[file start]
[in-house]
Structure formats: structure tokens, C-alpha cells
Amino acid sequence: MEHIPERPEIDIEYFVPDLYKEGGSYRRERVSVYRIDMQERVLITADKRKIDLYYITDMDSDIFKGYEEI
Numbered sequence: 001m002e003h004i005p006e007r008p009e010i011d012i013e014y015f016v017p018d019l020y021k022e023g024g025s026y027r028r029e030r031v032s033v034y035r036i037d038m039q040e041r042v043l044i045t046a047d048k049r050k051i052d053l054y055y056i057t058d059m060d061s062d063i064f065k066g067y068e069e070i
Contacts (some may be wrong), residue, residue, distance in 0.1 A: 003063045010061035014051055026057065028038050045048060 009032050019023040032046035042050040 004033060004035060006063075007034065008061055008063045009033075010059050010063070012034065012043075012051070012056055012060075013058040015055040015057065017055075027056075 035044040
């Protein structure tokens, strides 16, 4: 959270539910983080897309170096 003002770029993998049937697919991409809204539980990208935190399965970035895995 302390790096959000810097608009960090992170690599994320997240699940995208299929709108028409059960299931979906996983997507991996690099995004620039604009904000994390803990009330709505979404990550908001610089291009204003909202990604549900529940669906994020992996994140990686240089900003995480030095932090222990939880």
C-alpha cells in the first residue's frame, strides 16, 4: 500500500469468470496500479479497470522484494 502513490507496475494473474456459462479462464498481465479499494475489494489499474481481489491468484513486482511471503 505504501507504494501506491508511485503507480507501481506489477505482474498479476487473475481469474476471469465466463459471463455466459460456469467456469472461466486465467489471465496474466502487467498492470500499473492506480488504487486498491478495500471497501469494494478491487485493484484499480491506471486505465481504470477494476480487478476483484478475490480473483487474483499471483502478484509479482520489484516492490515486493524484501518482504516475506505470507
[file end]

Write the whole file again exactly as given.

[in-house]
Structure formats: structure tokens, C-alpha cells
Amino acid sequence: MEHIPERPEIDIEYFVPDLYKEGGSYRRERVSVYRIDMQERVLITADKRKIDLYYITDMDSDIFKGYEEI
Numbered sequence: 001m002e003h004i005p006e007r008p009e010i011d012i013e014y015f016v017p018d019l020y021k022e023g024g025s026y027r028r029e030r031v032s033v034y035r036i037d038m039q040e041r042v043l044i045t046a047d048k049r050k051i052d053l054y055y056i057t058d059m060d061s062d063i064f065k066g067y068e069e070i
Contacts (some may be wrong), residue, residue, distance in 0.1 A: 003063045010061035014051055026057065028038050045048060 009032050019023040032046035042050040 004033060004035060006063075007034065008061055008063045009033075010059050010063070012034065012043075012051070012056055012060075013058040015055040015057065017055075027056075 035044040
């Protein structure tokens, strides 16, 4: 959270539910983080897309170096 003002770029993998049937697919991409809204539980990208935190399965970035895995 302390790096959000810097608009960090992170690599994320997240699940995208299929709108028409059960299931979906996983997507991996690099995004620039604009904000994390803990009330709505979404990550908001610089291009204003909202990604549900529940669906994020992996994140990686240089900003995480030095932090222990939880």
C-alpha cells in the first residue's frame, strides 16, 4: 500500500469468470496500479479497470522484494 502513490507496475494473474456459462479462464498481465479499494475489494489499474481481489491468484513486482511471503 505504501507504494501506491508511485503507480507501481506489477505482474498479476487473475481469474476471469465466463459471463455466459460456469467456469472461466486465467489471465496474466502487467498492470500499473492506480488504487486498491478495500471497501469494494478491487485493484484499480491506471486505465481504470477494476480487478476483484478475490480473483487474483499471483502478484509479482520489484516492490515486493524484501518482504516475506505470507